Victims of sexual violence in Northern Ireland are facing a wait of almost two years on average for their cases to reach court.
Figures from the Department of Justice (DoJ) show that in the last year, sexual offence trials typically took 698 days to complete - up from 470 days in 2015/16.
It compares to 123 days for a public order offence and 119 days for a motoring breach.
Meanwhile, the average Crown court case is taking 410 days - six days fewer than 2018/19.
The median time to process a criminal case at all courts was 149 days, down 18 on previously.
This is the second lowest figure recorded in the last five years - it was 143 days in 2014/15.
The statistics on 'Case Processing Time for Criminal Cases' for the year April 1 2019 to March 31 this year refer to the time from which the offence was reported to, or detected by, the police until a verdict is delivered. They also showed an 861-day wait to take summons cases through the Crown court, down by five days - a working week - from the previous year.
Summons cases usually cover lesser crimes, but still include cases like common assault and a wide range of traffic offences.
Waiting times for summons cases in the adult magistrates courts were 178 days (down 11%) and 242 days in youth magistrates courts, a decrease from 265 days in 2018/19.
Charge cases, the most serious offences, saw improvement in the Crown court. Cases here typically take twice as long as in England and Wales.
In adult magistrates courts, the average time increased by two days to 72 while for youth magistrates courts the wait was 117 days, a three day increase.
The DoJ said that the overall picture is that the time taken for cases to be completed has shown an improvement from that recorded in the last few years.
The department added that while change in time taken for the completion of charge cases in 2019/20 varied according to court type, the decrease in processing times for cases dealt with by way of summons showed a consistent improvement for all court types.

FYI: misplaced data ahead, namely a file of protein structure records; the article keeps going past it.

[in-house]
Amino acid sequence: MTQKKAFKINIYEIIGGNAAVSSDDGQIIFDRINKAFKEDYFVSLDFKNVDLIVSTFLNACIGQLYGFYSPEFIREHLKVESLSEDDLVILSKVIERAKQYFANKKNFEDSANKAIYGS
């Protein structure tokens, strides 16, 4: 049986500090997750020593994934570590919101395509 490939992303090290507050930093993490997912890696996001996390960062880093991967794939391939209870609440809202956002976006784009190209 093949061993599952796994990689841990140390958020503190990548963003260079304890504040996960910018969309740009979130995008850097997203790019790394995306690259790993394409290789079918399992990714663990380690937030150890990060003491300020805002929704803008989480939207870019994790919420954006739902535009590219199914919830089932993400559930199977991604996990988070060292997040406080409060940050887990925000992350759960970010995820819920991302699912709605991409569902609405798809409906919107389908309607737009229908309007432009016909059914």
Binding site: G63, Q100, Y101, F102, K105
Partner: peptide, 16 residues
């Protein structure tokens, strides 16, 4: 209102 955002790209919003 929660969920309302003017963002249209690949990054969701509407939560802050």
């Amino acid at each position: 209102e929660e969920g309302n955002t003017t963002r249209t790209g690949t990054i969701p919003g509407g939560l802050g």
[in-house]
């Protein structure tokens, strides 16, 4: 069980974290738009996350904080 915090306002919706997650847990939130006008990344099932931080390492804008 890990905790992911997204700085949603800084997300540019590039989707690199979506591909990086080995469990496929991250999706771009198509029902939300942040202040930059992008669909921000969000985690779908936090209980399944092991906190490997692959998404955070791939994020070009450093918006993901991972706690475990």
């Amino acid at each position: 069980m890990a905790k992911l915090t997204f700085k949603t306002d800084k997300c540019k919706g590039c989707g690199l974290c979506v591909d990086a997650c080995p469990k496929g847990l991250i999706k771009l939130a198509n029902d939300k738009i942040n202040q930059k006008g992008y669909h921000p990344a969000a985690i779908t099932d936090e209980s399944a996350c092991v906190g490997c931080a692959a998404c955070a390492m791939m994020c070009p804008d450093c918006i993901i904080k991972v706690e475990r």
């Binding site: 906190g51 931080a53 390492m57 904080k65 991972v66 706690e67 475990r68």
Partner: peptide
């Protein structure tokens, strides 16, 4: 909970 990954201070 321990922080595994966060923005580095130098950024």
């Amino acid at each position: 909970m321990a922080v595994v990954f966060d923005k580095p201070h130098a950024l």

UUP MLA Doug Beattie said it was hardly surprising the DoJ data showed an improvement given just how shockingly bad the situation was to begin with.
He added: "The Northern Ireland justice system is in great need of improvement in a whole range of key areas, not least the speed at which justice is dispensed. We have tolerated a lax system here that serves vested interests for far too long and it is time that a concerted effort was made to bring about much needed and long overdue changes."
In March 2020, Christopher Robinson was found guilty of killing prison officer Adrian Ismay — four years earlier.
Mr Ismay had just left his home in east Belfast at around 7am on March 4, 2016 when a device detonated underneath his van after he went over a speed ramp.
The 52-year-old father-of-three died 11 days later.
Robinson (49), from Aspen Walk in Twinbrook, was arrested shortly after the explosion and subsequently charged with murdering Mr Ismay.
Robinson, who did not give evidence in court, was handed a life sentence following the non-jury trial — which was adjourned on several occasions after it opened in October 2018.
Last November, Thomas Griffiths (18) was jailed for life at Bristol Crown Court for stabbing his former girlfriend, Ellie Gould to death just six months earlier.
He attacked Gould (17) at her home in Calne, Wiltshire on May 3 after she ended their relationship to concentrate on exams.
Before leaving the house, Griffiths “arranged the scene” by placing the victim’s left hand on the handle of the knife to make it appear she had stabbed herself.
Later in the day, he also sent a series of “fake” messages to friends and to Ellie’s mobile phone asking if she wanted to meet.
Her father, Matthew, later returned home from work to discover her body in the kitchen.
Griffiths, who admitted the murder, was ordered to serve a minimum of 12 years and six months in prison.